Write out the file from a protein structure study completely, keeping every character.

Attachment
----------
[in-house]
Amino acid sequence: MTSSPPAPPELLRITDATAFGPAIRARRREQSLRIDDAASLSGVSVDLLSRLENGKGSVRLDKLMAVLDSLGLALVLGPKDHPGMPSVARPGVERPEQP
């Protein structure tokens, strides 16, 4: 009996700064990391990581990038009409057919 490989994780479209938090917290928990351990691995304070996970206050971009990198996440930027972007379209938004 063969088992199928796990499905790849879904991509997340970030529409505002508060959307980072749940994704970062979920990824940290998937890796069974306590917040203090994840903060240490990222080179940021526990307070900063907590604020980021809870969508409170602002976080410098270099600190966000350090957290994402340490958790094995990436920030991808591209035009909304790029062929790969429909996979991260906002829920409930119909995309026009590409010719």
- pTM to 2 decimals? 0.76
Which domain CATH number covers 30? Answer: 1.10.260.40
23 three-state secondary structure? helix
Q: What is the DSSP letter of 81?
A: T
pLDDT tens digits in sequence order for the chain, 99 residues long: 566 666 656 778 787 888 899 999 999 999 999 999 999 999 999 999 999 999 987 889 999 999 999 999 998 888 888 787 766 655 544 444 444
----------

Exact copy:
[in-house]
Amino acid sequence: MTSSPPAPPELLRITDATAFGPAIRARRREQSLRIDDAASLSGVSVDLLSRLENGKGSVRLDKLMAVLDSLGLALVLGPKDHPGMPSVARPGVERPEQP
């Protein structure tokens, strides 16, 4: 009996700064990391990581990038009409057919 490989994780479209938090917290928990351990691995304070996970206050971009990198996440930027972007379209938004 063969088992199928796990499905790849879904991509997340970030529409505002508060959307980072749940994704970062979920990824940290998937890796069974306590917040203090994840903060240490990222080179940021526990307070900063907590604020980021809870969508409170602002976080410098270099600190966000350090957290994402340490958790094995990436920030991808591209035009909304790029062929790969429909996979991260906002829920409930119909995309026009590409010719």
- pTM to 2 decimals? 0.76
Which domain CATH number covers 30? Answer: 1.10.260.40
23 three-state secondary structure? helix
Q: What is the DSSP letter of 81?
A: T
pLDDT tens digits in sequence order for the chain, 99 residues long: 566 666 656 778 787 888 899 999 999 999 999 999 999 999 999 999 999 999 987 889 999 999 999 999 998 888 888 787 766 655 544 444 444